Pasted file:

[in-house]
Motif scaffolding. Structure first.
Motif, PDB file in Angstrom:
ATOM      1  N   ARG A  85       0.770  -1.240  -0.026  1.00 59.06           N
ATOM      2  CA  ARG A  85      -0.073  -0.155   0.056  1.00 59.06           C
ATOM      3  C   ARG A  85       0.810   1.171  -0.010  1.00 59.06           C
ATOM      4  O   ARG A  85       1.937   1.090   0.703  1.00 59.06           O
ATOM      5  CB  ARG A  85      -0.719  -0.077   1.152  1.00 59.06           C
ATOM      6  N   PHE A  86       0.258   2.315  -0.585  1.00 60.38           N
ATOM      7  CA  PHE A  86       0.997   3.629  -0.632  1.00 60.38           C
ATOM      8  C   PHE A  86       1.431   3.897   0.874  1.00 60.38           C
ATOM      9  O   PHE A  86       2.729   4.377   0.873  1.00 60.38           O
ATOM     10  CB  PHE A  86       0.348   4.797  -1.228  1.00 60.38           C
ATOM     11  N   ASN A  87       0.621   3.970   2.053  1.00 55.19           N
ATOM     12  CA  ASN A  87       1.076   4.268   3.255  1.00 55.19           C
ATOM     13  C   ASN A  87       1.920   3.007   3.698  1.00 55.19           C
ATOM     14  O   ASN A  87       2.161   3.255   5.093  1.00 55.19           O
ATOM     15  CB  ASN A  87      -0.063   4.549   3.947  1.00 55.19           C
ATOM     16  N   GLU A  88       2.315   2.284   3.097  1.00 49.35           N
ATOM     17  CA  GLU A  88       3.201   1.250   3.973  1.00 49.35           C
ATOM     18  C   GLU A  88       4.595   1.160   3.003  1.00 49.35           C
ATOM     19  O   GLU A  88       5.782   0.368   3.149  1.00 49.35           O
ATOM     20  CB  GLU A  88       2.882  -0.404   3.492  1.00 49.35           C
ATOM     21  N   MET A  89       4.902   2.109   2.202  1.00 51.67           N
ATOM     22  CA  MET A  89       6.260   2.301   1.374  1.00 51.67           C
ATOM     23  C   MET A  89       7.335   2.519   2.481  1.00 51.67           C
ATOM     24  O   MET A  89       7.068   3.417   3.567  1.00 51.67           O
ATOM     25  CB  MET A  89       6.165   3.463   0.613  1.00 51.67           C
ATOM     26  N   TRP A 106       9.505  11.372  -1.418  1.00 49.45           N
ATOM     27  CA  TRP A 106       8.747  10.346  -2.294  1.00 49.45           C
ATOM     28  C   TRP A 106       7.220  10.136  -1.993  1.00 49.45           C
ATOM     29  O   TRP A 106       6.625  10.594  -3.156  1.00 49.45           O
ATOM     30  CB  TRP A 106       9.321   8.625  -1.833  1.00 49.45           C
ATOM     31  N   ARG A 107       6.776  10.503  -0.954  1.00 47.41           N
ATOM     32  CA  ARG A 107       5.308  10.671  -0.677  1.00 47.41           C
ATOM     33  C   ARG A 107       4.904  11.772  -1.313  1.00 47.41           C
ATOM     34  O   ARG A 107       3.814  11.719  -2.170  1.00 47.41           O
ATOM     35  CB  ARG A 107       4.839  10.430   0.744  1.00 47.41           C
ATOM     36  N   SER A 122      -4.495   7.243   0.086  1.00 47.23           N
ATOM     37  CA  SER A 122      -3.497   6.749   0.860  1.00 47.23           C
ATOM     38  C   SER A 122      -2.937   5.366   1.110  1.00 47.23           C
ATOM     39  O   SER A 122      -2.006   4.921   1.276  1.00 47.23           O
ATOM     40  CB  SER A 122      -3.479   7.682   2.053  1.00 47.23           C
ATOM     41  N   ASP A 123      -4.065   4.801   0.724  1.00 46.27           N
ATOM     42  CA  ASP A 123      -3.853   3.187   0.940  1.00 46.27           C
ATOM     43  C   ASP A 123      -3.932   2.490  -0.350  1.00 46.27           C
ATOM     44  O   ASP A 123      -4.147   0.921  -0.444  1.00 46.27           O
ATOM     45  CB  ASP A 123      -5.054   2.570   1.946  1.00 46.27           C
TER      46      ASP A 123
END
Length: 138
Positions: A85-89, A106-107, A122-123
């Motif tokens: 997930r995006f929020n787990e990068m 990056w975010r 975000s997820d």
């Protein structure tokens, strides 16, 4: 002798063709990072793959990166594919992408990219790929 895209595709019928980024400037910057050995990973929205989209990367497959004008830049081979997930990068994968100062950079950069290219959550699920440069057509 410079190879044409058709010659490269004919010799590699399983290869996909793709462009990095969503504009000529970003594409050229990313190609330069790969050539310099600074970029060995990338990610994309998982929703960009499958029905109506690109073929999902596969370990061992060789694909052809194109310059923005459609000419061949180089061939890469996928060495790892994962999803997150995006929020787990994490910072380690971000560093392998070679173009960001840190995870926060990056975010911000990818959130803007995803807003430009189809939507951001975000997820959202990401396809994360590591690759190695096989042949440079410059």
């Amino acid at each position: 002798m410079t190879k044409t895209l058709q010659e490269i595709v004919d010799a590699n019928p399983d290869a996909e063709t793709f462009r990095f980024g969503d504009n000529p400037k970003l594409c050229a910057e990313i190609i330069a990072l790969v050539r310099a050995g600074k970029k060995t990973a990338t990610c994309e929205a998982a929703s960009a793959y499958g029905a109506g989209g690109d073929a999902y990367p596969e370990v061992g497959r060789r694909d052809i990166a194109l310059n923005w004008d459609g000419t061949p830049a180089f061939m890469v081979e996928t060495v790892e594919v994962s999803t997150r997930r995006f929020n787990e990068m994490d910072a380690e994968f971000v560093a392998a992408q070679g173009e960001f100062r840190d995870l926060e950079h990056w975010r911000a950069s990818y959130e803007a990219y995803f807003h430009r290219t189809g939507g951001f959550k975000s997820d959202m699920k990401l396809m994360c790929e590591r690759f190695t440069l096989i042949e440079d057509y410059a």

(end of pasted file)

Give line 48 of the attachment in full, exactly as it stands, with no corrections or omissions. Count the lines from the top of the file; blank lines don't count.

ATOM     45  CB  ASP A 123      -5.054   2.570   1.946  1.00 46.27           C